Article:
Did you miss last week's Lunch & Learn Event about open marketing in Ghent? Dropsolid CTO Nick Veenhof explains his quick-and-dirty proof of concept for integrating the Showpad environment with the Drupal CMS.
In the current economic and digital environment, companies are realising that integrated approaches are the future. The time that, for example, sales and marketing act as individual parts of a company is definitely long gone. Luckily, there are plenty of options available for companies to drive business results, such as open marketing platforms.
Recently we have had the honor to present, together with Showpad & Survey Anyplace, a lunch and learn about leveraging these kind of open marketing platforms to boost customer experience. Showpad and Drupal have many things in common, but how do you make sure you are not managing your assets in two separate places - for example in Drupal and in Showpad? As a company, you don't just want to use the right platforms, but you want to use them in the most efficient way.
In preparation for the lunch and learn, we were asked to demonstrate how the technologies that Dropsolid and Showpad use (Drupal & Showpad API) integrate with one another to maximise efficiency.
The first step was consulting Showpad’s API, which is well documented and can be found when logging into their system.
Here's the short version of the demo:
If you're interested in more details, you can watch the extended version on our YouTube channel as well.
Some of the challenges we faced is that Showpad didn’t have a fully featured SDK for PHP. However, there were proofs of concept available that suggested ways of working with the Showpad API. After some exploration I decided to adapt one and contribute it back to github. The adaptation makes the existing, non compatible, library compatible with Guzzle 6 so that it natively works with Drupal 8’s composer dependencies and thus, the Guzzle version that is shipped with Drupal.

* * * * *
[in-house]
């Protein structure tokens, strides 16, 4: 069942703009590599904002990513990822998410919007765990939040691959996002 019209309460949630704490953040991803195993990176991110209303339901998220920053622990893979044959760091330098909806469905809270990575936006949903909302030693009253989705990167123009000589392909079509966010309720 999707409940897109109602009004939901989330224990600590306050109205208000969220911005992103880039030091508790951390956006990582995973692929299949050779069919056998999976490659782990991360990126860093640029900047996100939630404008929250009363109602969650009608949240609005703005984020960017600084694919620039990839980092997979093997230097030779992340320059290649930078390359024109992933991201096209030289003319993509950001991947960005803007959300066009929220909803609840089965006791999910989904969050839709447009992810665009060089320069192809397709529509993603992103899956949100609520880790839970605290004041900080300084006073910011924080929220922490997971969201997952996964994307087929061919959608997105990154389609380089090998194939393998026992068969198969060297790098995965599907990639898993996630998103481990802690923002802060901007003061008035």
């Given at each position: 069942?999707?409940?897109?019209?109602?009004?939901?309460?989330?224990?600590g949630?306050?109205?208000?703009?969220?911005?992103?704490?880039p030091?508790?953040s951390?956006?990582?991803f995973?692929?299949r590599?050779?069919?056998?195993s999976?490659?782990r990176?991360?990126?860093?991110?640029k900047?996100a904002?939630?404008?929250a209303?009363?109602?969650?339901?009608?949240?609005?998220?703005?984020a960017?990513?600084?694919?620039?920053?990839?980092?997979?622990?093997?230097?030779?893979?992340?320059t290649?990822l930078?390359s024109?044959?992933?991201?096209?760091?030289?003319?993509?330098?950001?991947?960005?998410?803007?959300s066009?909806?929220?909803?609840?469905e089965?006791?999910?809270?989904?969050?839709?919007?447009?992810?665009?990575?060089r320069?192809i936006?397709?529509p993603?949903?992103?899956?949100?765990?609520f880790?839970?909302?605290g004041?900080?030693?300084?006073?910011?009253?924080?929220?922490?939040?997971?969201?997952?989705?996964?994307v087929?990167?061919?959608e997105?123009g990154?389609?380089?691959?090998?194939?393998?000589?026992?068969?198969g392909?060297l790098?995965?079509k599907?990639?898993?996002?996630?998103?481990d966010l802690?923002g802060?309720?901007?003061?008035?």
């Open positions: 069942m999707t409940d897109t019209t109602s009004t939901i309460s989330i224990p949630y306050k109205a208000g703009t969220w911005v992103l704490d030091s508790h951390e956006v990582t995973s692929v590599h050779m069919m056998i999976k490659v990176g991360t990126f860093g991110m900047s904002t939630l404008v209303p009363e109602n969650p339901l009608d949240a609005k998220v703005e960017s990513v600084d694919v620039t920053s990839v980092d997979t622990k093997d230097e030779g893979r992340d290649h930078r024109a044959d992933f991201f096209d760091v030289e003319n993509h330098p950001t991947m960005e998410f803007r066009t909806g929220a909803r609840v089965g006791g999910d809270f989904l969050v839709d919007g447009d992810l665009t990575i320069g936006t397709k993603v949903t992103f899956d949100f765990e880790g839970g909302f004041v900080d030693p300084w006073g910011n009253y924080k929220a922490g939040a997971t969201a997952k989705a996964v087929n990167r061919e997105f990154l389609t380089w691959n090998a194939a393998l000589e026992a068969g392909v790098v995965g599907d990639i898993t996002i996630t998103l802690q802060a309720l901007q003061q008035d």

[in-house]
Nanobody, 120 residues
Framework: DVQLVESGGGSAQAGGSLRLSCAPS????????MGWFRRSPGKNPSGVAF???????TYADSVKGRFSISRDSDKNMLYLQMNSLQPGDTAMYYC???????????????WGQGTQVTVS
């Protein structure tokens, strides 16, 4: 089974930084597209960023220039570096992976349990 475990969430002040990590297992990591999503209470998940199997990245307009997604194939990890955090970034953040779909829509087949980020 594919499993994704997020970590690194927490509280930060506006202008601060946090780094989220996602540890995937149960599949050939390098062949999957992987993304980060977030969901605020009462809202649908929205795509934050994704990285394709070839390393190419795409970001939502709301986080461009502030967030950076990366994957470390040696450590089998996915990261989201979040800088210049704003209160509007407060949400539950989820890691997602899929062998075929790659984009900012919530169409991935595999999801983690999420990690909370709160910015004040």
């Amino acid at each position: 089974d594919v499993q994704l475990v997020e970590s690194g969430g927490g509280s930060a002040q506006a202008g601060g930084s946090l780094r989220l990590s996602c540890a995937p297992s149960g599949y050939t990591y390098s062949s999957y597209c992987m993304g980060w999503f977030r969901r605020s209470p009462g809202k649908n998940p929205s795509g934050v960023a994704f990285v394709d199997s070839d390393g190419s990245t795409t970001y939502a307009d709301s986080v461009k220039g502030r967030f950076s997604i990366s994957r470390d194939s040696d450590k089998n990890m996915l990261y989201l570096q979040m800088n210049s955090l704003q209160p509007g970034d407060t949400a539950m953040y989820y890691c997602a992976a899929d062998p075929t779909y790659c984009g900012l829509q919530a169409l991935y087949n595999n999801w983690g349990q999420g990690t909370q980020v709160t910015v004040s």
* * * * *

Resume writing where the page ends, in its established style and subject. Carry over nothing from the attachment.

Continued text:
After the library was working as expected, I tried to make a quick and dirty implementation in Drupal. Just a warning: this Drupal code does not adhere to the code standards, nor do I recommend you to implement it this way. It is merely proof that integrating the two is not a work of months, but of mere hours. You can find the Drupal code I used at https://github.com/nickveenhof/showpad-api.
Did you miss our Lunch & Learn? Read the complete recap here.Add new comment Header image Teaser image Publish to Drupal planet On
Over the past couple of years I’ve attended quite a few conferences like DrupalCon Amsterdam & Barcelona, DrupalCamp Vienna, European Drupal Days, Drupal Developer Days and SymfonyCon Berlin.
Last weekend I had the opportunity to attend and speak at my first WordCamp. My friend Jam and I spoke about Challenges and Solutions in Getting your Open Source Company to Contribute which we have done many times before.
My colleague Ronald Ashri was also speaking about An AI Bot will Build and Run your Next Site… Eventually, sharing some of our work on chatbots and applied artificial intelligence
We do this because we firmly believe that organisations can achieve far greater success if they work together and improve the world while they do so. As with other conferences I was greeted by a warm and welcoming community. The fact that I’m from the Drupal community didn’t bother anyone and it was relatively easy to find common grounds with everyone I met. So far no surprises, because we all shared a love for open source technology.
That said, I did find that this conference and the people that attended vastly different than what I experienced at any other tech conference to date. The main difference being their focus on diversity, accessibility, inclusivity and user experience. As it turns out, not only WordPress is extremely user focussed and easy to use, so are its conferences. They have gone out of their way to make the conference as inclusive and accessible to everyone. To list a few of the things that stood out for me:
- Creche - You’ve got kids? WordCamp has you sorted. For a mere £5 per child per day your kids are close and taken care off while you attend your favourite sessions. This lowers the bar for people with young children that otherwise maybe wouldn’t be able to attend.
- Life essentials boxes - napkins, sanitary pads, tampons, you name it they’ve made sure they’ve got it. Not just in the female facilities, but in the male facilities as well. An awesome gesture of acceptance and inclusivity for transgender attendees.
- Speech To Text Reporters - Each room had two Speech To Text Reporters that provided live session transcription. One transcribed the current session, while the other corrected any errors in the previous transcription so that it can be used with the session footage that will be posted on the internet.